Yesterday, the Consumer Financial Protection Agency and the Department of Justice announced a $21.9 million dollar settlement with the Toyota Motor Credit Corporation. It is the fourth recent action taken by these regulators involving fair lending risk in auto dealer incentives and discretion. The settlement – and the consent order that comes along with it – may seem of peripheral interest to the ARM industry, but the action offers sharp lessons for the ARM industry on how regulators are using data to track UDAAP violations and how regulators expect financial services agencies to balance employee discretion with agency-wide non-discrimination policies.

According to the CFPB and the DOJ, Toyota Motor Credit policy, which gives auto dealerships discretion in how much interest rate markup they pass along to consumers, resulted in higher rates for African-American and Pacific Islander loans. The order requires Toyota Motor Credit to pay up to $21.9 million in restitution to thousands of those African-American and Asian and Pacific Islander borrowers who, the agencies allege, “paid higher interest rates than white borrowers for their auto loans, without regard to their creditworthiness, as a result of its past practices.”

Specifically, per the CFPB, Toyota Motor Credit’s markup policy:

  • Resulted in minority borrowers paying higher dealer markups: Toyota Motor Credit violated the Equal Credit Opportunity Act by adopting policies that resulted in African-American and Asian and Pacific Islander borrowers paying higher interest rates for their auto loans than non-Hispanic white borrowers as a result of the dealer markups that Toyota Motor Credit permitted and incentivized. These markups were without regard to the creditworthiness of the borrowers.
  • Affected thousands of minority borrowers: Toyota Motor Credit’s pricing and compensation structure meant that for the period covered in the order, thousands of African-American borrowers were charged, on average, over $200 more for their auto loans, and thousands of Asian and Pacific Islander borrowers were charged, on average, over $100 more for their auto loans.

insideARM Perspective

As we’ve noted, regulators in general and the CFPB in particular, have demonstrated an increased willingness to use data analysis to identify and pursue cases of disparate impact. As Kelly Knepper-Stephens argued earlier this week, a disparate impact policy needs to be “part of a fully developed compliance management system.”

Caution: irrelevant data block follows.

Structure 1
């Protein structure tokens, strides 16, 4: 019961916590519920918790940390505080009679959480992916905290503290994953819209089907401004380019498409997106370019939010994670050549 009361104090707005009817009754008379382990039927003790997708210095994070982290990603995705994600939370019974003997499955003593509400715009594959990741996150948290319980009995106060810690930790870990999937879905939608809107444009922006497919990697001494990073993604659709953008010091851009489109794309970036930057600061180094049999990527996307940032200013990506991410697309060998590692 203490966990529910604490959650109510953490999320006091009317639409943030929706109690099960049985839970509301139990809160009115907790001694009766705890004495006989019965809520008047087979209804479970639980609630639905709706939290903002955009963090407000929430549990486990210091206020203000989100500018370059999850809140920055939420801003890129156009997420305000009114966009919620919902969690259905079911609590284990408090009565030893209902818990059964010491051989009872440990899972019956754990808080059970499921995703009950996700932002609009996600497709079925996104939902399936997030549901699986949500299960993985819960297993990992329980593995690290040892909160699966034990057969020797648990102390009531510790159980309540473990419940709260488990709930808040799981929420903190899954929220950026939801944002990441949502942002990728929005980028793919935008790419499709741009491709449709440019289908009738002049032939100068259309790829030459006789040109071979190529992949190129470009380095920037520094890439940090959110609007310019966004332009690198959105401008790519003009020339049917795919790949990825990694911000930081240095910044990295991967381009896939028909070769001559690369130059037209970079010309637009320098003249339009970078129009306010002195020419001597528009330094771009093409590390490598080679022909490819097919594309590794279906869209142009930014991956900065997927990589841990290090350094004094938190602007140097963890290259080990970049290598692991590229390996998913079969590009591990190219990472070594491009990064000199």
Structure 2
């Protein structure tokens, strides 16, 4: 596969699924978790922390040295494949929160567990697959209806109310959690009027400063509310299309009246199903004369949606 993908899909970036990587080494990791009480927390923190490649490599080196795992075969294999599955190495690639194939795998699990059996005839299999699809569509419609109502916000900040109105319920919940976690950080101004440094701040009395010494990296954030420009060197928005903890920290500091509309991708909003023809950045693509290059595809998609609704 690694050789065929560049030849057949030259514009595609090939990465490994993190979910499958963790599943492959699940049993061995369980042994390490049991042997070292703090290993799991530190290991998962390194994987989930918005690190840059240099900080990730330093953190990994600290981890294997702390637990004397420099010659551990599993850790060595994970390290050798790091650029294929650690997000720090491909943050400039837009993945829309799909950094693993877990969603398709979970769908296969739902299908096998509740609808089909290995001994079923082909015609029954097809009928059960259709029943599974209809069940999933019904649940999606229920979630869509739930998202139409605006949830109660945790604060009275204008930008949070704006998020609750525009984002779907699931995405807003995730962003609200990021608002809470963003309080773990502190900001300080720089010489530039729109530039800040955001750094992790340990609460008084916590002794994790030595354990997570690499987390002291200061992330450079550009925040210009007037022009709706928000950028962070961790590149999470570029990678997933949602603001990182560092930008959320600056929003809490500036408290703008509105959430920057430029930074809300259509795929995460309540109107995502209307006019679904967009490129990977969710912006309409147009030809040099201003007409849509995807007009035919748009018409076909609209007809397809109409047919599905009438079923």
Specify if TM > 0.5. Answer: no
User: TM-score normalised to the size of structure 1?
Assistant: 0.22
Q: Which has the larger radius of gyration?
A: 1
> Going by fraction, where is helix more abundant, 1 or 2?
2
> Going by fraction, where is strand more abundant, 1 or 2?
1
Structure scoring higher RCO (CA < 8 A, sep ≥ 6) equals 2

As the CFPB consent order strongly suggests, the Bureau sees potential disparate risk when financial institutions give discretion to partner companies or front-line employees. Toyota Motor Credit’s policy did not explicitly call for discrimination. Rather, it gave dealerships room to make their own decisions regarding markups. From the regulatory point of view, that discretion resulted in disparate impact and a violation of fair lending law.

CFPB Director Richard Cordray made the connection explicit in his comments regarding the consent order.

“We are dedicated to promoting fair and equal access to credit in the auto finance marketplace,” said Cordray. “Toyota Motor Credit is among the largest indirect auto lenders, and we commend its industry leadership in shifting to reduced discretion to address the significant fair lending risks.” [Emphasis ours.]

Regulators are clearly pushing financial services firms to shift from case-by-case discretion to universal policy when it comes to financial services products. The CFPB and the DOJ not only pushed Toyota Motor Credit to pay restitution to those borrowers, but they also compelled the lender either to remove the discretion it gave partner dealerships or else monitor that discretion and police dealerships for potential disparate impact violations.

The consent order dovetails with the Bureau’s Summer 2014 edition of Supervisory Highlights, where the agency argues in favor of significantly limiting discretionary pricing adjustments as a way to reduce or effectively eliminate pricing disparities.

“Substantial limits on discretionary pricing like those imposed by today’s order can address the type of fair lending risk identified in the CFPB’s bulletin and Supervisory Highlights,” the Bureau advised.

What can you take away from the Toyota Motor Credit consent order?

1. Recognize that more discretion for front-line employees equals more regulatory risk. The CFPB and the DOJ view dealer discretion as being the prime factor behind the disparate impact in Toyota Motor Credit’s lending results.

2. If you allow for discretion in your operations, your policies need to account for the risk. Toyota Motor Credit’s policy allowed for pricing discretion but did not “employ adequate controls to prevent discrimination.” The consent order spells out exactly what regulators consider to be “adequate controls.”  Regulators gave Toyota Motor Credit several options to modify its markup policy, including limiting the amount of markup dealers can provide, eliminating discretion by setting a fixed, universal markup, or letting dealers offer a smaller range, but documenting exceptions. Plus, the regulators want the company to send annual notices to dealers explaining Equal Credit Opportunity Act law, monitor outcomes to dealership markup discretion for compliance with new limits if the company opts to preserve that discretion, and submit data to the Fair Lending Director and the DOJ no less often than semiannually.


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